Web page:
full name / name of organization:
Call For Papers
"Reconsidering Early Modern Women's Chastity, Silence, and Obedience"
39th Convention, Northeast Modern Language Association (NeMLA)
April 10-13, 2008
Buffalo, New York
Twenty-five years after the publication of Suzanne Hull's influential
book, _Chaste, Silent, and Obedient: English Books for Women,
1475-1640_, this panel proposes to interrogate the critical legacy of
this triad of early modern feminine virtues. In the burgeoning field
of early modern gender studies, this three-part summary of
patriarchal oppression has become a critical byword, and many critics
have argued that each of the three terms were ideologically
But were these three virtues stable categories? Were they as
universally accepted as early modern conduct writers (and many modern
critics) would have us believe? How is chastity more than a simple
absence? What epistemological and representational challenges did
early modern writers face when trying to describe its "absent
presence?" Similarly, can the verbal absence of silence "speak" or
signify in uniquely gendered ways? Does it ever communicate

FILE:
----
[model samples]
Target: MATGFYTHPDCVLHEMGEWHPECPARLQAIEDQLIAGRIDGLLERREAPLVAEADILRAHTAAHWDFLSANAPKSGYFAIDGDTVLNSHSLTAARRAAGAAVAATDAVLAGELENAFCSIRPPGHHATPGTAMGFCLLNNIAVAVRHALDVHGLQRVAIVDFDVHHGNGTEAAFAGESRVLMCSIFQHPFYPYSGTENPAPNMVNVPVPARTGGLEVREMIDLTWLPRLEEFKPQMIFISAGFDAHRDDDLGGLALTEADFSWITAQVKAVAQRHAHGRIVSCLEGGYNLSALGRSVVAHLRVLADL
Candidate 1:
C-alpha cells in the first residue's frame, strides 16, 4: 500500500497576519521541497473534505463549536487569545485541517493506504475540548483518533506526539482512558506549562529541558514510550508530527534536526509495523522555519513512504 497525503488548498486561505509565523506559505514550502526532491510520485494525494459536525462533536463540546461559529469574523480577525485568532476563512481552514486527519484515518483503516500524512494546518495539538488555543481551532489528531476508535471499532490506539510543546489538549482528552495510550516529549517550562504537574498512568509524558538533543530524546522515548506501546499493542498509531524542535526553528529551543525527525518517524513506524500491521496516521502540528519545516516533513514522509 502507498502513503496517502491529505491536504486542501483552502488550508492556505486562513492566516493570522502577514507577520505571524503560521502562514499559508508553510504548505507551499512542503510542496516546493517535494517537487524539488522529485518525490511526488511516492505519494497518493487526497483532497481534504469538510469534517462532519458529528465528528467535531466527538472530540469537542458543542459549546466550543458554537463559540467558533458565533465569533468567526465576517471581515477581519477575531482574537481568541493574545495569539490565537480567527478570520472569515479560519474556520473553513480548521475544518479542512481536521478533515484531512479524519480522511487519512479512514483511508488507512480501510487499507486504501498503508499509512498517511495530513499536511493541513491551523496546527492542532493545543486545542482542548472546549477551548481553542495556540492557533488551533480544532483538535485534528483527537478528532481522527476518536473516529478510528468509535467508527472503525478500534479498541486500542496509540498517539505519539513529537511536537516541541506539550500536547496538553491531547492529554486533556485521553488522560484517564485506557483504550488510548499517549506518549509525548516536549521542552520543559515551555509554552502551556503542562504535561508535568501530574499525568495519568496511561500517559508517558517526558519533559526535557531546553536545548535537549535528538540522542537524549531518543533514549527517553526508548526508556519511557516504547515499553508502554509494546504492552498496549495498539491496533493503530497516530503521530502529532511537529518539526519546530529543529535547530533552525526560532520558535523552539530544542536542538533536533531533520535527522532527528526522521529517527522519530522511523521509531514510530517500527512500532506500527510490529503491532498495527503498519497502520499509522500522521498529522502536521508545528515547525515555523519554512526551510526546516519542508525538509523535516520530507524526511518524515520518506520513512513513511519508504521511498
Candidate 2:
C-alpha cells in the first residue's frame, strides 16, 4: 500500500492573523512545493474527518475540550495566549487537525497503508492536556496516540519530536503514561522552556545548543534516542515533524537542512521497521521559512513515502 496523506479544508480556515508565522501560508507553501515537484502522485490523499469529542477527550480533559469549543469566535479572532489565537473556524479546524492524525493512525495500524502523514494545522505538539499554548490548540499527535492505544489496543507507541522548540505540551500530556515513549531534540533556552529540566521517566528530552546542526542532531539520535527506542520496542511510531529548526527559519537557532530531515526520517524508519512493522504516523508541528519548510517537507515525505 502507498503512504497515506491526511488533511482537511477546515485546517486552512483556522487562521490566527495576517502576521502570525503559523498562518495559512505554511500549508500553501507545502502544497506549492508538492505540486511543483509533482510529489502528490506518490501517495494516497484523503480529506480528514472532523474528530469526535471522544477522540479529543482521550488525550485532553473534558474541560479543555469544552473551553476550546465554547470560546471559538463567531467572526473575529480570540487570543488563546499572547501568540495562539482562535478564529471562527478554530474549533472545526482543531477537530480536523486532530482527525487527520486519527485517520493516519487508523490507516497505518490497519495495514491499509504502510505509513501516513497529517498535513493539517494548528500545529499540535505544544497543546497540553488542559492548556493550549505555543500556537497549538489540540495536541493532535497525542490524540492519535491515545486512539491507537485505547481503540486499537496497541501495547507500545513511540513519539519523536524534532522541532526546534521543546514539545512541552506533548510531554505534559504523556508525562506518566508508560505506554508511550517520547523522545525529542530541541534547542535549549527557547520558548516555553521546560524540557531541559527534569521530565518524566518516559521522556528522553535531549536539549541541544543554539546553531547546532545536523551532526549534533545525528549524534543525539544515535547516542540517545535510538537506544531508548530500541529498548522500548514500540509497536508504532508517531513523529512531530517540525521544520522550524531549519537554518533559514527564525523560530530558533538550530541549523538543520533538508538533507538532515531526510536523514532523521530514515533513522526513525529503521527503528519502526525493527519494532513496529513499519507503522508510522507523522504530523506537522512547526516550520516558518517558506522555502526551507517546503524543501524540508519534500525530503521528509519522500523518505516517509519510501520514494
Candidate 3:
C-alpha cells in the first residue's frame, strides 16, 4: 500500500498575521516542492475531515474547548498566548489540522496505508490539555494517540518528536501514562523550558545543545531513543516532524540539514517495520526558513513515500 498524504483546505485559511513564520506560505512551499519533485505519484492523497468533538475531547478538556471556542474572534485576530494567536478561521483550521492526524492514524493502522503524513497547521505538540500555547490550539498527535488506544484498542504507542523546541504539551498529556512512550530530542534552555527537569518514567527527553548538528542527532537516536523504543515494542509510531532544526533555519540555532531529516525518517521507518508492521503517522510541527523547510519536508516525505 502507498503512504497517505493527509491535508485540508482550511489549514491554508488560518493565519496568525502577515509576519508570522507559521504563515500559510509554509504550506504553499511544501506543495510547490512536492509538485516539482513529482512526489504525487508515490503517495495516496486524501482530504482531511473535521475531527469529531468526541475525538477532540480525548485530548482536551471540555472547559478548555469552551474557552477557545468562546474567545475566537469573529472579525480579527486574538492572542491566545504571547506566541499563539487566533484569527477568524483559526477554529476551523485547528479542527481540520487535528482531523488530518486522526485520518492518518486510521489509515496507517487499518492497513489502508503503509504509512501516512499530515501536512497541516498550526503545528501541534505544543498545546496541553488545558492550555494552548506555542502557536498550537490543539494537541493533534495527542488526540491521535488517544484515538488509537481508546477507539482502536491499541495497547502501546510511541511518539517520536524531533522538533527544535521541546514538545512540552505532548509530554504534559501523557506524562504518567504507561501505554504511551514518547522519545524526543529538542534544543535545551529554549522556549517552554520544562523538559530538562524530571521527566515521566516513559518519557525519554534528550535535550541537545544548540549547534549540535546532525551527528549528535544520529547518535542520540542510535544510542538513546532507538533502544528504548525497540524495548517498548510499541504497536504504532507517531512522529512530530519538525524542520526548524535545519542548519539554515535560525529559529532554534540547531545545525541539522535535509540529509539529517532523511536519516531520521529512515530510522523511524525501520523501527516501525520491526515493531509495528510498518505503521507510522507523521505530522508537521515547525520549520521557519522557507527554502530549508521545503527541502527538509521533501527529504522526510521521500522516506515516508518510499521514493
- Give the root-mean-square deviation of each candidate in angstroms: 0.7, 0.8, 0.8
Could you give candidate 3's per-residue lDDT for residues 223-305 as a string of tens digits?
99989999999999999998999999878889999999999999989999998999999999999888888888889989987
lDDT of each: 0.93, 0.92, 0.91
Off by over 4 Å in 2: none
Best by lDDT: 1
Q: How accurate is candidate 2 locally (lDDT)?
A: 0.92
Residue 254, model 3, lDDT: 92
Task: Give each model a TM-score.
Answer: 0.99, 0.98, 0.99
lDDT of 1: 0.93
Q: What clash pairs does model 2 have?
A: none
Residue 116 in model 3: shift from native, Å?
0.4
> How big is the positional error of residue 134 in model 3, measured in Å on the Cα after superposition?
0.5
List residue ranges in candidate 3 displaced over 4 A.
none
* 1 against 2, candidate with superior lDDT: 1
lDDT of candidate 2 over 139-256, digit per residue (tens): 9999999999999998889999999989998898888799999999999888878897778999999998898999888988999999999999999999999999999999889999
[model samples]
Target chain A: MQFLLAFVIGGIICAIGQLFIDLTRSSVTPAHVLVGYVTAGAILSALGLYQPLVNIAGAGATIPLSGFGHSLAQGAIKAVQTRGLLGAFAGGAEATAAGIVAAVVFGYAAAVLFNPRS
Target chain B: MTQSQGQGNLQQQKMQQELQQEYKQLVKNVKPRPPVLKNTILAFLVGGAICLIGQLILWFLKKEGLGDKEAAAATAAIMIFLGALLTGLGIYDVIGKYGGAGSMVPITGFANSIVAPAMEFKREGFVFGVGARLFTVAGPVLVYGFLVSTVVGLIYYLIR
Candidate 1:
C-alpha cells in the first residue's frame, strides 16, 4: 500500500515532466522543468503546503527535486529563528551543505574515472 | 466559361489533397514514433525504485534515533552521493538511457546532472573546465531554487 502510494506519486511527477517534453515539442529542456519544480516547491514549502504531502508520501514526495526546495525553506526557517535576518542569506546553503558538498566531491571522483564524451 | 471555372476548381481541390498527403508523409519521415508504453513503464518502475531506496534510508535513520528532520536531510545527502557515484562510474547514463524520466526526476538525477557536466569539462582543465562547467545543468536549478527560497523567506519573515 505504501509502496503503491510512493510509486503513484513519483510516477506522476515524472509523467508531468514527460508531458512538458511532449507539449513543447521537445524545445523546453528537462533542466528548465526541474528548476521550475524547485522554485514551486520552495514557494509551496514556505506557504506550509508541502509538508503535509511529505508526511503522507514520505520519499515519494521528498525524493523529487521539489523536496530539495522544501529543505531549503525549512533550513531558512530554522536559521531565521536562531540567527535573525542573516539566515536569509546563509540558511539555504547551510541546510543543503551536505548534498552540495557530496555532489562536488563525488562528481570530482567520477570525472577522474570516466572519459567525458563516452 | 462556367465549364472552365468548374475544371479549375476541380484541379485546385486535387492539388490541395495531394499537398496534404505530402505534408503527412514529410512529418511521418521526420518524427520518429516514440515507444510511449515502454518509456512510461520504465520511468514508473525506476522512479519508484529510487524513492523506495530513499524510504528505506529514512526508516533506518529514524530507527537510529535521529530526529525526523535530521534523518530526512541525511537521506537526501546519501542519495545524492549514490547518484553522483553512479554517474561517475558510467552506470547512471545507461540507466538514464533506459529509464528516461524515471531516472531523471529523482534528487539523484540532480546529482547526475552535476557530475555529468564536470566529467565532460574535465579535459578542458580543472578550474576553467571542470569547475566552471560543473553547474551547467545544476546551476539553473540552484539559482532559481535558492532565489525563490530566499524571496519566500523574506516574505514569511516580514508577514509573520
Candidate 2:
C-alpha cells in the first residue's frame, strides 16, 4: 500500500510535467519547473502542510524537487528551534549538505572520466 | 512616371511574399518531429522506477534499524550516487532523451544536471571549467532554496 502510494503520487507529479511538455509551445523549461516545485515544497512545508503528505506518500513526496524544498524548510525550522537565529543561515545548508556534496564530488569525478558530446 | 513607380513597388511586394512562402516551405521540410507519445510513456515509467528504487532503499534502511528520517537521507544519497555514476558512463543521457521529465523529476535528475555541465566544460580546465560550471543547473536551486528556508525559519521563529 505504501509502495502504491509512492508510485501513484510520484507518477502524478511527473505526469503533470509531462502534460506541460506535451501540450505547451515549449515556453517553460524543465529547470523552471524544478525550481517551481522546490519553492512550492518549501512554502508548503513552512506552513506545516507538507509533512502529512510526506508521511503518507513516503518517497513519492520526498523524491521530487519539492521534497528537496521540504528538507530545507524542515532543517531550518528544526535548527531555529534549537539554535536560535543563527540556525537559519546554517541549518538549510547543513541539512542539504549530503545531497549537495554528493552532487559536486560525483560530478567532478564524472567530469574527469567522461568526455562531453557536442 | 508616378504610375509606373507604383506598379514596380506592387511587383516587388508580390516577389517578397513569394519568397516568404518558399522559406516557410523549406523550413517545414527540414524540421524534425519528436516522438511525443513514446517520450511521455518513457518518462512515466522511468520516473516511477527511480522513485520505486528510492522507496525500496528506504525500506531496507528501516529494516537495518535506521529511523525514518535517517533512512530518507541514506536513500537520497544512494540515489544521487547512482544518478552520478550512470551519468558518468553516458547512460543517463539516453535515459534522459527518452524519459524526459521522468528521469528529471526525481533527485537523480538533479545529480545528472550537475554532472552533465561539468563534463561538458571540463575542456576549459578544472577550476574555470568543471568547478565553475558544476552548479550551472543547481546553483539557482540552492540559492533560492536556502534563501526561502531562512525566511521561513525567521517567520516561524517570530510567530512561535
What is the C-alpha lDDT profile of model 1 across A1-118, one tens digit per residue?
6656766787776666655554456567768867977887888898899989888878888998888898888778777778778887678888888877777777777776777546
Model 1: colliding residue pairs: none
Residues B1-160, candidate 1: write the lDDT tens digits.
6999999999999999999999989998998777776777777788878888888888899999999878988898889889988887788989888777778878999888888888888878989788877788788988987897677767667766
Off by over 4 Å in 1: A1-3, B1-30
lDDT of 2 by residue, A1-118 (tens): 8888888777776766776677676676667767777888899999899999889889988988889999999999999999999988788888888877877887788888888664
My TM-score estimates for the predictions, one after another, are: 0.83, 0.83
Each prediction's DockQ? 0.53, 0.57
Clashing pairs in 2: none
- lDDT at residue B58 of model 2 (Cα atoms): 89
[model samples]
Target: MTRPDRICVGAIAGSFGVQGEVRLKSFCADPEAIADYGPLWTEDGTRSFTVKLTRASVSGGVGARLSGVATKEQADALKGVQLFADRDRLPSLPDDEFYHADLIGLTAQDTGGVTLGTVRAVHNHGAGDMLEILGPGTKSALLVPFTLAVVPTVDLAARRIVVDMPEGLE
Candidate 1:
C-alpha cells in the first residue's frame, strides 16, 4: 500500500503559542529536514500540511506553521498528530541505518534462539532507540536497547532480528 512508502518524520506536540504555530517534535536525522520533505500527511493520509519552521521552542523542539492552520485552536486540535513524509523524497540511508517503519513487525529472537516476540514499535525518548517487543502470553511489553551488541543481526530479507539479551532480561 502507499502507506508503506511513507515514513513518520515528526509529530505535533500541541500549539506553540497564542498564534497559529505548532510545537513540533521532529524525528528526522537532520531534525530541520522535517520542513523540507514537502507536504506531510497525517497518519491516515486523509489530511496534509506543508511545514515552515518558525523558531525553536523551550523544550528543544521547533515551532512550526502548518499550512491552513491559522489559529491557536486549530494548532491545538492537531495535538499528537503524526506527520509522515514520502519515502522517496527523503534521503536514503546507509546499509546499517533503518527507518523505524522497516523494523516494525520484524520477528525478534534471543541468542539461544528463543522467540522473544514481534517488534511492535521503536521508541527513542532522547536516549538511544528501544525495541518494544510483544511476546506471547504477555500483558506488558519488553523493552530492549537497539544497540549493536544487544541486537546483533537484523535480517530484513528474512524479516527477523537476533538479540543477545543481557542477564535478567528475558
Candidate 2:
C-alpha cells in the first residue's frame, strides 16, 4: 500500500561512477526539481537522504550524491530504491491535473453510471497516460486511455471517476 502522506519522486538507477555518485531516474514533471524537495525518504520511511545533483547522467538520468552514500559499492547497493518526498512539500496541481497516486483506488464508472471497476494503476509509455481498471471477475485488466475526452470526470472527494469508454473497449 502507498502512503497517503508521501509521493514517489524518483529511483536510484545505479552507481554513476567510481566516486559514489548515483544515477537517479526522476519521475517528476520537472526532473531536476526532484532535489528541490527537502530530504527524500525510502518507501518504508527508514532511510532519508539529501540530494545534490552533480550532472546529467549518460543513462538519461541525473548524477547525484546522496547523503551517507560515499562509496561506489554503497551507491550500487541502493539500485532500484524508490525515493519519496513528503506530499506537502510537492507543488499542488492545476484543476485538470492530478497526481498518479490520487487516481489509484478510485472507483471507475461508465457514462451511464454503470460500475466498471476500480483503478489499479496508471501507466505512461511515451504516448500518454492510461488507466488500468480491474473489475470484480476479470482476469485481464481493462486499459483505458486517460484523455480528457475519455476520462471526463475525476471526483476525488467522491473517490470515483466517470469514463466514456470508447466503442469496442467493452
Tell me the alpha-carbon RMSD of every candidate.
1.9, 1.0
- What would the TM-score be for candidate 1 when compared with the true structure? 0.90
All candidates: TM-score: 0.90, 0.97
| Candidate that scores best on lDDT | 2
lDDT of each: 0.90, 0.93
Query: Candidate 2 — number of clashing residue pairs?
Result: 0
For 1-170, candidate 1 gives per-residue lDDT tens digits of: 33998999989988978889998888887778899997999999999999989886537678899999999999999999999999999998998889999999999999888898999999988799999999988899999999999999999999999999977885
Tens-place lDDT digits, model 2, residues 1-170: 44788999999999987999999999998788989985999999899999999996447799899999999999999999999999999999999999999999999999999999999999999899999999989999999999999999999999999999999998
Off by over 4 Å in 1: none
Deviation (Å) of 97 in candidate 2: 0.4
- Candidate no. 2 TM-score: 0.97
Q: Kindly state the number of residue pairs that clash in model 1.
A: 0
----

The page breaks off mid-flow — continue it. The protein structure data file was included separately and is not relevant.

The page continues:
*un*chastity and *dis*obedience as Christina Luckyj argues in her
recent book? Is female obedience ever not passive? Do women writers
or female characters ever define nontraditional authorities to obey?
Did silence, chastity, and obedience affect women's identity
differently depending on class? Were these virtues represented
differently depending on the genre of a work or the century in which
it was written?
This panel invites papers that investigate literary and cultural
negotiations of any or all of these virtues by women writers or in
representations of female characters before 1800.
Please email 250 word abstracts to Jessica C. Murphy at
jessica.c.murphy_at_gmail.com by September 15, 2007.
Please include with your abstract:
Name and Affiliation, Email address, Postal address, Telephone number,
A/V requirements (if any)
The complete Call for Papers for the 2008 Convention is posted: www.nemla.org.
Interested participants may submit abstracts to more than one NeMLA
panel; however panelists can only present one paper. Convention
participants may present at a paper session panel and also present at
a creative session or participate in a roundtable.
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Received on Thu Aug 02 2007 - 12:35:14 EDT